After setting up our transition area and relaxing at the car for a bit, it was time to put on the wetsuit (I had found the one and only USAT referee earlier who said the water was wetsuit legal) and head to the lake for a short pre-race swim and the pre-race informational meeting on the shore at 7:15 am. Thankfully I saw my Coeur sister, Megan, before the race and she gave me a quick hug. This is just what I needed to calm the climbing nerves. We were reminded of the changes to the time cut-offs, told there would be ice, wet rags, water, and heed at every aid station on the run. We were also informed that there would be 2 minutes between wave starts instead of the original 3 minutes. After the National Anthem, it was time to line up on the beach for the race start. One more quick hug on the beach from Megan and we were ready for the swim!

These waters look much calmer than they actually were when we got into them!

Swim: 51:10 for 1.2 miles at 2:26/100 yard pace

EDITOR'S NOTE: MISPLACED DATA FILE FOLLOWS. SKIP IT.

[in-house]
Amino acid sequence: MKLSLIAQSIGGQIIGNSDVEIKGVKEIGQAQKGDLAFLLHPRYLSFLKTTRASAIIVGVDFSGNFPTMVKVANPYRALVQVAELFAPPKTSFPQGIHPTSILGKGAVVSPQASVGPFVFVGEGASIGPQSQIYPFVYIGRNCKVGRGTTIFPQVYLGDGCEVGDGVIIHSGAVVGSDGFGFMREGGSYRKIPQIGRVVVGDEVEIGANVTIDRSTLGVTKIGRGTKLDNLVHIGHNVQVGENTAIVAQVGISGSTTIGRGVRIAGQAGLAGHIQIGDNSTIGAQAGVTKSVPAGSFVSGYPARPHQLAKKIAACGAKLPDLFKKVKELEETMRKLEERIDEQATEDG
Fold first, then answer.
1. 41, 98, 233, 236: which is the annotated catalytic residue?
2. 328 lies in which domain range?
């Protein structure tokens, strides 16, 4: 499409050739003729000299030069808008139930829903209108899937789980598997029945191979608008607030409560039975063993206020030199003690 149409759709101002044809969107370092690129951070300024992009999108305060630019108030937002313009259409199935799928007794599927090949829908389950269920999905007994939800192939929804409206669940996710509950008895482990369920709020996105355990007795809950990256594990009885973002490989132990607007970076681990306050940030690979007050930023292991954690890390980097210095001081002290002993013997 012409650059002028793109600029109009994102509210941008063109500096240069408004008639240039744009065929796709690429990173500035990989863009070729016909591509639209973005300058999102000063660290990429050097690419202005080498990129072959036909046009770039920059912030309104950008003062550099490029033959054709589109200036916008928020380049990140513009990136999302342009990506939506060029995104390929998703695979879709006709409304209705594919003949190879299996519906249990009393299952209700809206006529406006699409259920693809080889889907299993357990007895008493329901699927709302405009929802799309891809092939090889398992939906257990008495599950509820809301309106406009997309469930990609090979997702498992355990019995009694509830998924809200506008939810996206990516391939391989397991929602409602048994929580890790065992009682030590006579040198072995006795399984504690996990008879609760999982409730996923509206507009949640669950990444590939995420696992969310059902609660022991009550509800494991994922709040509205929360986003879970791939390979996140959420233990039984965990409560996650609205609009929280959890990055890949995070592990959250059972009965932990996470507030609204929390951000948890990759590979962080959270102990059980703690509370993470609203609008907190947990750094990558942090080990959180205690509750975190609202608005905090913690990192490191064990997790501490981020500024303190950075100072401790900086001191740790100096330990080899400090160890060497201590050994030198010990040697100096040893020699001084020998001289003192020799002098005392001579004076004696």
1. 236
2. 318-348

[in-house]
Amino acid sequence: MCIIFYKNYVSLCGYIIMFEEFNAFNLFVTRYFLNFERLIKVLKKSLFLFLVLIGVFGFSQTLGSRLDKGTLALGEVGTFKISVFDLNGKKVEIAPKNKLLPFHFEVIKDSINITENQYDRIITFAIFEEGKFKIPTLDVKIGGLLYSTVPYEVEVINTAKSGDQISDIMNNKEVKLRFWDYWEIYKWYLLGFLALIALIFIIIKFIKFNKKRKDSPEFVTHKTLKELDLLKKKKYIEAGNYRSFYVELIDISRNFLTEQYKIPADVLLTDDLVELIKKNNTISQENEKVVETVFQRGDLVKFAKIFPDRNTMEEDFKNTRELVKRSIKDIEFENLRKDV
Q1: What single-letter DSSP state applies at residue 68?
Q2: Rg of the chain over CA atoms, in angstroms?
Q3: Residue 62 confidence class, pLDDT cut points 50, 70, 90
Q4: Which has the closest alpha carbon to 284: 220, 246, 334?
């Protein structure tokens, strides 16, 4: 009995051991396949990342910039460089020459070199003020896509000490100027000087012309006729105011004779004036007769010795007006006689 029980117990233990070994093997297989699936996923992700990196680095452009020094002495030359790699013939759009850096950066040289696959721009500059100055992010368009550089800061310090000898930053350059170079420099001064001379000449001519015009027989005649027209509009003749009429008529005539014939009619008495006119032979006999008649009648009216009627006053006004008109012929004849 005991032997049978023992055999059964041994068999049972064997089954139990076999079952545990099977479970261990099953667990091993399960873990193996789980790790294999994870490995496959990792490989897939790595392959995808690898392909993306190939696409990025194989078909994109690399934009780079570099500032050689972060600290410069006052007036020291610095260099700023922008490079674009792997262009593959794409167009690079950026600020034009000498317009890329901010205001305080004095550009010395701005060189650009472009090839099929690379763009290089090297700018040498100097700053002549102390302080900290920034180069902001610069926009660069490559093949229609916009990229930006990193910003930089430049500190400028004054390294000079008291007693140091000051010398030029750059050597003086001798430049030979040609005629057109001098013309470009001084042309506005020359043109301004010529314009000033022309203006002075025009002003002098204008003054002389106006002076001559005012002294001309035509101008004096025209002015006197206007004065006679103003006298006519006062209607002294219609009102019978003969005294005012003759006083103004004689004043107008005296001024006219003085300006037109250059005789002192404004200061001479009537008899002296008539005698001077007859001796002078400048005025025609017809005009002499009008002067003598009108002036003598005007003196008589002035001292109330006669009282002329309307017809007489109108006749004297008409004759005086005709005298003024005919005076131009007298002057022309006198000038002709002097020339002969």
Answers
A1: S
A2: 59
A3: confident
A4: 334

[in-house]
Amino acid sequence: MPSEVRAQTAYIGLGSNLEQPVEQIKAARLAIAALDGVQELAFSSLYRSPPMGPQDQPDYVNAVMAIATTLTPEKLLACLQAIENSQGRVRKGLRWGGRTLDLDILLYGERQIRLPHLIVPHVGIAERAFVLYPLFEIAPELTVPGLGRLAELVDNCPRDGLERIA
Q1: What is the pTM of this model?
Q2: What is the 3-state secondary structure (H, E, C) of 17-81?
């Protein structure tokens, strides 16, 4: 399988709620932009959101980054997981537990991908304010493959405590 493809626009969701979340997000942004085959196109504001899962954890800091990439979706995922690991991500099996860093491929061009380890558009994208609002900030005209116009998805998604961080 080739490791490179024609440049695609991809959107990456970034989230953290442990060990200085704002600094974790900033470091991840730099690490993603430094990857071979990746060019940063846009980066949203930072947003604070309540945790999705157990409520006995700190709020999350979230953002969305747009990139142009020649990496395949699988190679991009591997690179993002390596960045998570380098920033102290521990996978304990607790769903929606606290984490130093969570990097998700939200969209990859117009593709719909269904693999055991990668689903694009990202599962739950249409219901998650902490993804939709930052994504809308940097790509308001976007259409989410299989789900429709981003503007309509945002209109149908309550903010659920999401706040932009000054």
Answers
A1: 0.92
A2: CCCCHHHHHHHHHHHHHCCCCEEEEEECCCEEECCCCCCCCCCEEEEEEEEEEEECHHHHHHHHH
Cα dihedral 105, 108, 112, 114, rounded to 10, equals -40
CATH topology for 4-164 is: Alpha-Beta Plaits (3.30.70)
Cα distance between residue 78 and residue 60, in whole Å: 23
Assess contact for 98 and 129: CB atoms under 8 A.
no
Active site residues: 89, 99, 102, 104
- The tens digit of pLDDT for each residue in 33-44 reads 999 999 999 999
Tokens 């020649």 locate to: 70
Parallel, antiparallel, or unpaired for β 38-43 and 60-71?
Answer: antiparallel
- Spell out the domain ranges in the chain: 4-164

The first wave (Elites/Athenas/Clydesdales) was supposed to start at 7:30 am, but it was delayed because of other athletes swimming back to shore from their warm-up. So…my swim wave (women 40+) started at 7:42 am (3 minutes before the originally scheduled time). With the winds already at 20 mph, the lake was very choppy, and we were swimming straight into the chop on the way to the turn around buoys. It was rough! Hello first open water swim of the year…yep…on race day! I started out trying to swim with bilateral breathing, but that was short lived. I couldn’t get in a rhythm that allowed me to breathe and not consume 1/2 of the lake water because of the waves crashing back into my face. Like all of the other swimmers, I fought my way to the turn around buoys,Β and then got a free ride on the waves back to transition. Throughout the entire swim, I just kept telling myself to enjoy the adversity adventure that was just beginning! Learn from it, grow from it, and keep moving forward! This was officially my slowest swim time on a 1.2 mile distance EVER!

T1: 2:27

After quickly making my way to my bike, getting a random stranger out of the way of my bike (he was just hanging out in the transition right in front of my transition area…not sure what he was doing in there), stripping out of my wetsuit, throwing on my helmet, socks, and bike shoes, I was out of the transition area and on the bike!

Bike: 3:16:09 for 56 miles at 17.1 mph average speed